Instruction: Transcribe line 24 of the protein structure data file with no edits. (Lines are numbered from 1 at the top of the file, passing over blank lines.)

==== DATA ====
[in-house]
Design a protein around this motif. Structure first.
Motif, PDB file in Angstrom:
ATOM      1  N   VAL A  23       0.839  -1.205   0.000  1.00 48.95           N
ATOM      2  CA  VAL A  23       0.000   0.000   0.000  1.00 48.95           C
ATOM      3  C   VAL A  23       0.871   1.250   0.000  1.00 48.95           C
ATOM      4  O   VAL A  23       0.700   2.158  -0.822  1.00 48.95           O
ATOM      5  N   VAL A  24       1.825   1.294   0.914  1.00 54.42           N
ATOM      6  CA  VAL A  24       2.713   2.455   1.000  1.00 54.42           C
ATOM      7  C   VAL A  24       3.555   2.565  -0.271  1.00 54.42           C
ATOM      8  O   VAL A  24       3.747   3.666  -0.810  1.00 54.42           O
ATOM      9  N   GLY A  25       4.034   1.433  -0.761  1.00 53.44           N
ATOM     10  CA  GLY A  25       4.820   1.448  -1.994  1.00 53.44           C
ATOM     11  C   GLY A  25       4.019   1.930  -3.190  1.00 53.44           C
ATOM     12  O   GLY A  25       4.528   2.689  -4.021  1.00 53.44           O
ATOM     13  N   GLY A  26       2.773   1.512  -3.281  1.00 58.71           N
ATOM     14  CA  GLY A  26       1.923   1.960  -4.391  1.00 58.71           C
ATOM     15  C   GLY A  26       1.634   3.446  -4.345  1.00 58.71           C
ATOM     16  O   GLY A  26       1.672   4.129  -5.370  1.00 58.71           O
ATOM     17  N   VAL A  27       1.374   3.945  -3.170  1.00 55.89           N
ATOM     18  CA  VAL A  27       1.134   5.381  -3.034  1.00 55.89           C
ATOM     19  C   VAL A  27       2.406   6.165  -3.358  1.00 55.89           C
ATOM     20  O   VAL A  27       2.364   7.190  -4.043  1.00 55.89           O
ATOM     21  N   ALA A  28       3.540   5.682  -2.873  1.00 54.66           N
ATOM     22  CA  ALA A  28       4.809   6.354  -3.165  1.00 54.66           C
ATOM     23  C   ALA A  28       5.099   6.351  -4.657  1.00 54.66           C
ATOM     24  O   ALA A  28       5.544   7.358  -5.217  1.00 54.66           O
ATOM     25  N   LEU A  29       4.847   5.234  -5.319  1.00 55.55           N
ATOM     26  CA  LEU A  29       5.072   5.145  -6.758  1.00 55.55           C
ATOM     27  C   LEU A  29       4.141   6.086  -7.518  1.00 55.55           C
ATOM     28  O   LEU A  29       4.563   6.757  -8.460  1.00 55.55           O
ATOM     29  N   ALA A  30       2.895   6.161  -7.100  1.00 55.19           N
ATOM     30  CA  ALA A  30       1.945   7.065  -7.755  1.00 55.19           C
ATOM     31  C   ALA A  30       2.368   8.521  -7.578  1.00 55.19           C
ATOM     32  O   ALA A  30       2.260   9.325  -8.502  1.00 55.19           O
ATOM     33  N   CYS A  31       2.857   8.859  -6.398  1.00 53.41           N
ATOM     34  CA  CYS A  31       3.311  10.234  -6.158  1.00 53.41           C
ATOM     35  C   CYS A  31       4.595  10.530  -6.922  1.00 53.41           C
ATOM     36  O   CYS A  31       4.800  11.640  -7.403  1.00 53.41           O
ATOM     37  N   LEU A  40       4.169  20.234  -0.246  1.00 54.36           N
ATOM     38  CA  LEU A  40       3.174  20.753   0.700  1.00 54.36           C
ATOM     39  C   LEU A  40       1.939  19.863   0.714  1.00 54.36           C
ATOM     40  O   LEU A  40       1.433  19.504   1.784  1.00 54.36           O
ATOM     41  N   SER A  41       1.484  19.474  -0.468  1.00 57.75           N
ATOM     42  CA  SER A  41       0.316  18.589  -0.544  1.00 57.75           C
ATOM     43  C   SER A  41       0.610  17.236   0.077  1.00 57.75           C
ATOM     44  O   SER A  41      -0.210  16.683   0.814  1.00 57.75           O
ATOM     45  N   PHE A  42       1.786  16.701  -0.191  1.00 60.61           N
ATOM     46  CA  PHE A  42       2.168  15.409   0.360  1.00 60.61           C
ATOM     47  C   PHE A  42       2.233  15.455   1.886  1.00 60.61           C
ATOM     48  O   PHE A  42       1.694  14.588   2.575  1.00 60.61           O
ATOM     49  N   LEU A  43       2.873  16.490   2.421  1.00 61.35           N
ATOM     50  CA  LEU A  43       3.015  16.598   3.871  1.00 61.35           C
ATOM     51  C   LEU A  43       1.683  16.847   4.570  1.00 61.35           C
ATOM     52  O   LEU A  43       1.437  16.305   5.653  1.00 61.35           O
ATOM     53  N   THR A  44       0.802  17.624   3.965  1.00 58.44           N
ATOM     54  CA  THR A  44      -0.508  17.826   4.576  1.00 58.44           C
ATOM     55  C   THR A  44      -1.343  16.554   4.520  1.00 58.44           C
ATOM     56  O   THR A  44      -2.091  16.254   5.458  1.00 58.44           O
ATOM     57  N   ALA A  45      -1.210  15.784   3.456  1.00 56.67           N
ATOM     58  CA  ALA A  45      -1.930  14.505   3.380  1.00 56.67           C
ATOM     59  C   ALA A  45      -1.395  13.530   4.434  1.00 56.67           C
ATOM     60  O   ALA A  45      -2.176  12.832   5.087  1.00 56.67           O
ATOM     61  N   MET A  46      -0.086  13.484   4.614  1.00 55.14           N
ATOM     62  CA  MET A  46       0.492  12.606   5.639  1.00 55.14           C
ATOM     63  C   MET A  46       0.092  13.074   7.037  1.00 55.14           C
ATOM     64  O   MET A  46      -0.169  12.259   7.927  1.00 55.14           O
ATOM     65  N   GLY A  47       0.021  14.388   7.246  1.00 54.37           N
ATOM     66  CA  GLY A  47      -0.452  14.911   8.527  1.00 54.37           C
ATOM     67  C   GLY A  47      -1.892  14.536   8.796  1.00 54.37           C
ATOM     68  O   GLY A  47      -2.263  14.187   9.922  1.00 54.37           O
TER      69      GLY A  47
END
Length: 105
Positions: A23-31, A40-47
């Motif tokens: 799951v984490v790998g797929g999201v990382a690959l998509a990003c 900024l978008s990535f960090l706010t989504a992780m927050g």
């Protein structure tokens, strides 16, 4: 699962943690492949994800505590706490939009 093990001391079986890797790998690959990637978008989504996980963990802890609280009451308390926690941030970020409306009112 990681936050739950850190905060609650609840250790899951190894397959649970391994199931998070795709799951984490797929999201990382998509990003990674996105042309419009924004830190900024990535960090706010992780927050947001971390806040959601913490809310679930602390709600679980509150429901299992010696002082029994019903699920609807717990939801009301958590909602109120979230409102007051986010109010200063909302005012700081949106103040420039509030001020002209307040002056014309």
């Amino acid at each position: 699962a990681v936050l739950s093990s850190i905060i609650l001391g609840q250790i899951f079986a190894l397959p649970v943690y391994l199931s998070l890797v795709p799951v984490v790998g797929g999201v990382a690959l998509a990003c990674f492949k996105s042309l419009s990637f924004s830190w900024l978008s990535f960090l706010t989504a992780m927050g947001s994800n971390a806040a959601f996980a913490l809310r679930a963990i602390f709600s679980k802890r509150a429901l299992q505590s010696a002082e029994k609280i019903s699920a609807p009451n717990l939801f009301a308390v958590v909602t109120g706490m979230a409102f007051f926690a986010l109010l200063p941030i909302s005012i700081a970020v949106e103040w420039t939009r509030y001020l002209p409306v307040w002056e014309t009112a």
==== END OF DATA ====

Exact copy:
ATOM     21  N   ALA A  28       3.540   5.682  -2.873  1.00 54.66           N